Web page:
The researchers used 2,148 participants (and tested 3,064 knees) with radiographically diagnosed knee osteoarthritis who were participating in the US Osteoarthritis Initiative. Each had dietary information gathered at baseline and were followed up at one, two, three and four-year time points to assess knee osteoarthritis progression.

Milk consumption was assessed using a food frequency questionnaire completed at baseline. Participants were asked how often they had drunk milk (any kind) in the past 12 months.

Progression of knee osteoarthritis was measured using quantitative joint space width (JSW) between the medial femur and tibia of the knee based on plain radiographs, a standard clinical measure.

Cartilage acts as a "shock absorber" in the knee, so when it is faulty or wears away – as is the case in osteoarthritis – the joint can become painful and stiff, and normal range of movement can be limited. Narrowing joint space indicates cartilage loss and worsening osteoarthritis.

Only participants with a Kellgren and Lawrence grade (a widely used diagnostic classification for osteoarthritis) of 2 or 3 knee osteoarthritis were included:

  • grade 2 – definite osteophytes, definite narrowing of joint space
  • grade 3 – moderate multiple osteophytes, definite narrowing of joint space, some sclerosis and possible deformity of bone contour

Standard statistical methods were used to test if there was an independent association between milk intake and a decrease in JSW over time. Researchers accounted for baseline disease severity, body mass index, dietary factors and a range of additional potential confounders.

What were the basic results?

The main finding was a significant dose-response relationship between baseline milk intake and adjusted mean decrease of JSW in women (p for trend 0.014) at four-year follow-up.

With increasing levels of milk intake (none, three or fewer, four to six, and seven and more glasses per week), the mean decreases of JSW were 0.38mm, 0.29mm, 0.29mm and 0.26mm respectively.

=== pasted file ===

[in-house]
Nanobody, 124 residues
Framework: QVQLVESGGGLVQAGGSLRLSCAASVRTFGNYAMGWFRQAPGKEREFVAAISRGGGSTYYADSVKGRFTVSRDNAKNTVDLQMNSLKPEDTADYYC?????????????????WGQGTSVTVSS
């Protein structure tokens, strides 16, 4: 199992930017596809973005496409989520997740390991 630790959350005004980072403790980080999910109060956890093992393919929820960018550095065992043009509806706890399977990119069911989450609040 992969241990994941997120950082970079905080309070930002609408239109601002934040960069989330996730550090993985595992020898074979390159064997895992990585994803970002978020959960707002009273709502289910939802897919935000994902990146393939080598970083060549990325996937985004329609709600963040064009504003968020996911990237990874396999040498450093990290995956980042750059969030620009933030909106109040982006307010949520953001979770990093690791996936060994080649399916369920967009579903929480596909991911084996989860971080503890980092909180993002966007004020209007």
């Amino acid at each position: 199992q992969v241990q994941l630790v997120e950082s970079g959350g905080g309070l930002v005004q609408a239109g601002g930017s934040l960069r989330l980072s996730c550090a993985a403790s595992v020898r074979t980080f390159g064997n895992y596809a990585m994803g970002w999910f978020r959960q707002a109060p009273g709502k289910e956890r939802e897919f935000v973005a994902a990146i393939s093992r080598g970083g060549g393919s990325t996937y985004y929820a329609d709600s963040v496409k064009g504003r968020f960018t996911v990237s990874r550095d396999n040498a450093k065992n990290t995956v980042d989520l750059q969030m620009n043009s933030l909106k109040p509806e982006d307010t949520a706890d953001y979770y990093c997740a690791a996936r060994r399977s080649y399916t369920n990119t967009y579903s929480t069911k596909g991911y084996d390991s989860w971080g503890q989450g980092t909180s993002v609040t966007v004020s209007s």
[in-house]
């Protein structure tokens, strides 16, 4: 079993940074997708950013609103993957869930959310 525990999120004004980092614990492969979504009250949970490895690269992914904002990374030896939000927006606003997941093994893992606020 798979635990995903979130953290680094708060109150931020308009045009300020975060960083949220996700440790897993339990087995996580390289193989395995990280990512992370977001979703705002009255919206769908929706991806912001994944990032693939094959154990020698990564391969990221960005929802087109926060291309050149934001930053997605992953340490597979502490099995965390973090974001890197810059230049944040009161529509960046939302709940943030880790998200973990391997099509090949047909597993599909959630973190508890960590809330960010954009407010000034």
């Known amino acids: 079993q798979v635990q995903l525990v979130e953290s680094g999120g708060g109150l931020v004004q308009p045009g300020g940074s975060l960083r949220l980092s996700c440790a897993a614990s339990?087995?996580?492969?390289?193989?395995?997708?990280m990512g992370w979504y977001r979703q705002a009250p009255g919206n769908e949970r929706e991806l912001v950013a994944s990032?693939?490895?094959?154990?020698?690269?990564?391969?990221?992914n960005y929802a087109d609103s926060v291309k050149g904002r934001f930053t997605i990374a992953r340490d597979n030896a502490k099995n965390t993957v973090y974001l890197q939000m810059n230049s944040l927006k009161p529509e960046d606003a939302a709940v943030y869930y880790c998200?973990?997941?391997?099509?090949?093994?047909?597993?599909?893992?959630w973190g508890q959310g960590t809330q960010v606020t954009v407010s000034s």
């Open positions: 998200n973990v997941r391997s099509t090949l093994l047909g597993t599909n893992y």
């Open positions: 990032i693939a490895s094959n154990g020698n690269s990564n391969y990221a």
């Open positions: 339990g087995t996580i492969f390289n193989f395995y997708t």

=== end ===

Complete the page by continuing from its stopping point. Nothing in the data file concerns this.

This showed milk drinkers had less narrowing, meaning their osteoarthritis was not deteriorating as much as those drinking less milk.

In men, there was no significant association between milk consumption and the decrease of JSW.

Analysis was adjusted for baseline disease severity, body mass index, dietary factors and other potential confounders.

How did the researchers interpret the results?

The researchers stated that their "results suggest that frequent milk consumption may be associated with reduced OA [osteoarthritis] progression in women. Replication of these novel findings in other prospective studies demonstrating the increase in milk consumption leads to delay in knee OA progression are needed."


The results indicated that women who regularly drink milk have slower knee osteoarthritis disease progression compared with those drinking less milk over a four-year period. This was found to be the case in women, but not in men.

The study strengths included its prospective design, the large number of subjects with knee osteoarthritis, and the use of an objective assessment of disease progression. The researchers measured this using a single clinical measure of knee osteoarthritis progression: joint space width.

Its main weakness was that it relied solely on joint space width to show disease progression. It was not clear if the small joint width differences reported actually made any positive differences to patients' lives or feelings about living with the condition.

The research also did not make a functional assessment of any change in knee mobility, pain or the ability to perform day-to-day activities. These would have been welcome additions to this study for those who have the condition. This was probably a result of the design of the study and the inherent restrictions of using an existing data set.

The study adjusted for many potential confounders, but this may not have been completely effective, so residual confounding could still have influenced the results in women. This means that this study cannot prove milk is the cause of the beneficial joint space outcomes, as it may be caused by other factors.